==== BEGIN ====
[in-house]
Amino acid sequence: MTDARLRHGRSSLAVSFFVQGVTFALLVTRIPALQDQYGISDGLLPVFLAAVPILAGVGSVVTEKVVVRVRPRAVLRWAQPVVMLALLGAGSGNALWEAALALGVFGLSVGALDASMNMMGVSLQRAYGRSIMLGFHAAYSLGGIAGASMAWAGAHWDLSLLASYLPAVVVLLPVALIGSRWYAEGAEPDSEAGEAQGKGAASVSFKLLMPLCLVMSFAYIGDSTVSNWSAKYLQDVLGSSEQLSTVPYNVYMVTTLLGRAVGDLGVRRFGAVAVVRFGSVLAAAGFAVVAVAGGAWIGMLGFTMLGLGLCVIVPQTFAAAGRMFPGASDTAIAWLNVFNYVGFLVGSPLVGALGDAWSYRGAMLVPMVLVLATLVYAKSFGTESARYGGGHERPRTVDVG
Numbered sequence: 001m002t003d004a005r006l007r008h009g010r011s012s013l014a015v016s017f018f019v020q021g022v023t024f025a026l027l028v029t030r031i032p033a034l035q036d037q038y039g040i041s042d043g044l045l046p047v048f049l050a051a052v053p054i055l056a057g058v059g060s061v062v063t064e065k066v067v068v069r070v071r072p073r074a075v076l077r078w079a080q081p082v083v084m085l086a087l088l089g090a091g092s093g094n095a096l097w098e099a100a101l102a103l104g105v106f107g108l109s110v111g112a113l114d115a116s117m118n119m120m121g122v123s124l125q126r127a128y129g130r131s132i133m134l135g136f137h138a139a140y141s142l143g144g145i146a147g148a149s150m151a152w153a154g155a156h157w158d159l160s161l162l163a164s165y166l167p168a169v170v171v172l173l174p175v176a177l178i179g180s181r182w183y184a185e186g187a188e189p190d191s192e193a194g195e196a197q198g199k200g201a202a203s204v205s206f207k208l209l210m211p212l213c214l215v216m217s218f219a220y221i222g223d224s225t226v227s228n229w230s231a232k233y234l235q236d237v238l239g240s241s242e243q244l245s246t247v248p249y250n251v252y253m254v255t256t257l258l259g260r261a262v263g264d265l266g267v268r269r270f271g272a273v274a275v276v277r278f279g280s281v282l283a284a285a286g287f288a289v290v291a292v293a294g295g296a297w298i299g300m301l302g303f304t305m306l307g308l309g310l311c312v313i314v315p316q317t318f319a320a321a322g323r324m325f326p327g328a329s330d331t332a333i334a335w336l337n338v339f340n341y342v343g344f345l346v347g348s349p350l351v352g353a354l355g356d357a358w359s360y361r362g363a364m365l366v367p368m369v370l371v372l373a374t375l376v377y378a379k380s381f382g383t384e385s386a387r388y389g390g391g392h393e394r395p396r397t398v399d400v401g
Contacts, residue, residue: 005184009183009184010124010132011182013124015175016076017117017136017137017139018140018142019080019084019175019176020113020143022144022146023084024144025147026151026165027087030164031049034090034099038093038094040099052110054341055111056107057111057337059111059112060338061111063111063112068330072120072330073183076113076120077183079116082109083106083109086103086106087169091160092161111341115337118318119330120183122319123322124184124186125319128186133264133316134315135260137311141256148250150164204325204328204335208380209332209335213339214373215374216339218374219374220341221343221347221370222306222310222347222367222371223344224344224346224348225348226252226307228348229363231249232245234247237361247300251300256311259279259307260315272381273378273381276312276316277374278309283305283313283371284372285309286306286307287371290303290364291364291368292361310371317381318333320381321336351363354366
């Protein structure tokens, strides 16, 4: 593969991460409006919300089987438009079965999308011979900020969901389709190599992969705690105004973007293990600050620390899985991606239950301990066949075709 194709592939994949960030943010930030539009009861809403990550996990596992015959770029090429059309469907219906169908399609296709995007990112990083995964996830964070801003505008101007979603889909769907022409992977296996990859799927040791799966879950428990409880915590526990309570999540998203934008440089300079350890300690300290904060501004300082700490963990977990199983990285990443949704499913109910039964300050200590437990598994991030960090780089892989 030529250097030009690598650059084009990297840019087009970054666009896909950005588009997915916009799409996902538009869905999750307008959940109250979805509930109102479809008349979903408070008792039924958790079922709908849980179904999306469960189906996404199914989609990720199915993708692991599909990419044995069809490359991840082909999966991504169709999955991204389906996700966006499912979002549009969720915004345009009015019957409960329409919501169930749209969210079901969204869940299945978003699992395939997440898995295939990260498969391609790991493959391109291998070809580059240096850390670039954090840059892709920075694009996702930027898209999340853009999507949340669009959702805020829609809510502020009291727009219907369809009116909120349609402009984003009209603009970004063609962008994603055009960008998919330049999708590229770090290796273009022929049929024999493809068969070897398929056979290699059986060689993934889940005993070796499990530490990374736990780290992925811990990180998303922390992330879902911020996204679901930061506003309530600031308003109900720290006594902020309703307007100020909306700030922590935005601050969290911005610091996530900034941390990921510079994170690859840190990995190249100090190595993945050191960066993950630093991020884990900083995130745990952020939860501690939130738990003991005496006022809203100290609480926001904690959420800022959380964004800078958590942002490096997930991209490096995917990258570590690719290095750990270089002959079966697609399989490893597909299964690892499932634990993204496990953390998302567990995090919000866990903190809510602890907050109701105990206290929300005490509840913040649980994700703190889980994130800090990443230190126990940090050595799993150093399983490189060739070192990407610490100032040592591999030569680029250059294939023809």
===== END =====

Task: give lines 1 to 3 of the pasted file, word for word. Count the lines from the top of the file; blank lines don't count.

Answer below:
[in-house]
Amino acid sequence: MTDARLRHGRSSLAVSFFVQGVTFALLVTRIPALQDQYGISDGLLPVFLAAVPILAGVGSVVTEKVVVRVRPRAVLRWAQPVVMLALLGAGSGNALWEAALALGVFGLSVGALDASMNMMGVSLQRAYGRSIMLGFHAAYSLGGIAGASMAWAGAHWDLSLLASYLPAVVVLLPVALIGSRWYAEGAEPDSEAGEAQGKGAASVSFKLLMPLCLVMSFAYIGDSTVSNWSAKYLQDVLGSSEQLSTVPYNVYMVTTLLGRAVGDLGVRRFGAVAVVRFGSVLAAAGFAVVAVAGGAWIGMLGFTMLGLGLCVIVPQTFAAAGRMFPGASDTAIAWLNVFNYVGFLVGSPLVGALGDAWSYRGAMLVPMVLVLATLVYAKSFGTESARYGGGHERPRTVDVG
Numbered sequence: 001m002t003d004a005r006l007r008h009g010r011s012s013l014a015v016s017f018f019v020q021g022v023t024f025a026l027l028v029t030r031i032p033a034l035q036d037q038y039g040i041s042d043g044l045l046p047v048f049l050a051a052v053p054i055l056a057g058v059g060s061v062v063t064e065k066v067v068v069r070v071r072p073r074a075v076l077r078w079a080q081p082v083v084m085l086a087l088l089g090a091g092s093g094n095a096l097w098e099a100a101l102a103l104g105v106f107g108l109s110v111g112a113l114d115a116s117m118n119m120m121g122v123s124l125q126r127a128y129g130r131s132i133m134l135g136f137h138a139a140y141s142l143g144g145i146a147g148a149s150m151a152w153a154g155a156h157w158d159l160s161l162l163a164s165y166l167p168a169v170v171v172l173l174p175v176a177l178i179g180s181r182w183y184a185e186g187a188e189p190d191s192e193a194g195e196a197q198g199k200g201a202a203s204v205s206f207k208l209l210m211p212l213c214l215v216m217s218f219a220y221i222g223d224s225t226v227s228n229w230s231a232k233y234l235q236d237v238l239g240s241s242e243q244l245s246t247v248p249y250n251v252y253m254v255t256t257l258l259g260r261a262v263g264d265l266g267v268r269r270f271g272a273v274a275v276v277r278f279g280s281v282l283a284a285a286g287f288a289v290v291a292v293a294g295g296a297w298i299g300m301l302g303f304t305m306l307g308l309g310l311c312v313i314v315p316q317t318f319a320a321a322g323r324m325f326p327g328a329s330d331t332a333i334a335w336l337n338v339f340n341y342v343g344f345l346v347g348s349p350l351v352g353a354l355g356d357a358w359s360y361r362g363a364m365l366v367p368m369v370l371v372l373a374t375l376v377y378a379k380s381f382g383t384e385s386a387r388y389g390g391g392h393e394r395p396r397t398v399d400v401g